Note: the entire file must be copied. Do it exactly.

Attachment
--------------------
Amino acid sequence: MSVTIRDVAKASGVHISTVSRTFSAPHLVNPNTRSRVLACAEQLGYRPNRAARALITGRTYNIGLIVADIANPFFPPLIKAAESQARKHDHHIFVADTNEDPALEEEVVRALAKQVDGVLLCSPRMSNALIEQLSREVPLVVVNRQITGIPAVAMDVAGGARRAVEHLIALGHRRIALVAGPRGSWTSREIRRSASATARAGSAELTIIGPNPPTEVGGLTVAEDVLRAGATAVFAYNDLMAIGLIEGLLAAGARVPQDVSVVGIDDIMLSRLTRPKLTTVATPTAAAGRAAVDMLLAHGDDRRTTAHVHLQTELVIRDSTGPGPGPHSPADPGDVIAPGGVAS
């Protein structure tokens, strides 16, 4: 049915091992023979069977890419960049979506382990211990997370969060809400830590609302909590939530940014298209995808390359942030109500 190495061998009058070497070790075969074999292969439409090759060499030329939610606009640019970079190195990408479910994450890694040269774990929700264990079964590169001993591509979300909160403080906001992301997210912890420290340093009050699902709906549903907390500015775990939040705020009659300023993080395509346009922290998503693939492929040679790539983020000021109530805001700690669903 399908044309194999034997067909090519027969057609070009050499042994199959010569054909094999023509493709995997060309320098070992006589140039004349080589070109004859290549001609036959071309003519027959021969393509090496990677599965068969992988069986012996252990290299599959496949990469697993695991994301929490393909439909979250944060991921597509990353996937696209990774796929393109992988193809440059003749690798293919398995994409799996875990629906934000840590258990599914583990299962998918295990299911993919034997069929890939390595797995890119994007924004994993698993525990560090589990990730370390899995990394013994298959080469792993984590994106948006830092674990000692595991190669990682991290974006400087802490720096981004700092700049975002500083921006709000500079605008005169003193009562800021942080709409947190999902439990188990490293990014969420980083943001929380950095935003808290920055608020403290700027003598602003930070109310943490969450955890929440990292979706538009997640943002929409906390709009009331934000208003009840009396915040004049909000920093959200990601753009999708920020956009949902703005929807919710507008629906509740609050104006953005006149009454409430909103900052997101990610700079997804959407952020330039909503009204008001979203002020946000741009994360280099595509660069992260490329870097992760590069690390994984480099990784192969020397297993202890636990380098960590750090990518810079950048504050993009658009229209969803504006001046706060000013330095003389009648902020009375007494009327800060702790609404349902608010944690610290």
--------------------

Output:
Amino acid sequence: MSVTIRDVAKASGVHISTVSRTFSAPHLVNPNTRSRVLACAEQLGYRPNRAARALITGRTYNIGLIVADIANPFFPPLIKAAESQARKHDHHIFVADTNEDPALEEEVVRALAKQVDGVLLCSPRMSNALIEQLSREVPLVVVNRQITGIPAVAMDVAGGARRAVEHLIALGHRRIALVAGPRGSWTSREIRRSASATARAGSAELTIIGPNPPTEVGGLTVAEDVLRAGATAVFAYNDLMAIGLIEGLLAAGARVPQDVSVVGIDDIMLSRLTRPKLTTVATPTAAAGRAAVDMLLAHGDDRRTTAHVHLQTELVIRDSTGPGPGPHSPADPGDVIAPGGVAS
């Protein structure tokens, strides 16, 4: 049915091992023979069977890419960049979506382990211990997370969060809400830590609302909590939530940014298209995808390359942030109500 190495061998009058070497070790075969074999292969439409090759060499030329939610606009640019970079190195990408479910994450890694040269774990929700264990079964590169001993591509979300909160403080906001992301997210912890420290340093009050699902709906549903907390500015775990939040705020009659300023993080395509346009922290998503693939492929040679790539983020000021109530805001700690669903 399908044309194999034997067909090519027969057609070009050499042994199959010569054909094999023509493709995997060309320098070992006589140039004349080589070109004859290549001609036959071309003519027959021969393509090496990677599965068969992988069986012996252990290299599959496949990469697993695991994301929490393909439909979250944060991921597509990353996937696209990774796929393109992988193809440059003749690798293919398995994409799996875990629906934000840590258990599914583990299962998918295990299911993919034997069929890939390595797995890119994007924004994993698993525990560090589990990730370390899995990394013994298959080469792993984590994106948006830092674990000692595991190669990682991290974006400087802490720096981004700092700049975002500083921006709000500079605008005169003193009562800021942080709409947190999902439990188990490293990014969420980083943001929380950095935003808290920055608020403290700027003598602003930070109310943490969450955890929440990292979706538009997640943002929409906390709009009331934000208003009840009396915040004049909000920093959200990601753009999708920020956009949902703005929807919710507008629906509740609050104006953005006149009454409430909103900052997101990610700079997804959407952020330039909503009204008001979203002020946000741009994360280099595509660069992260490329870097992760590069690390994984480099990784192969020397297993202890636990380098960590750090990518810079950048504050993009658009229209969803504006001046706060000013330095003389009648902020009375007494009327800060702790609404349902608010944690610290």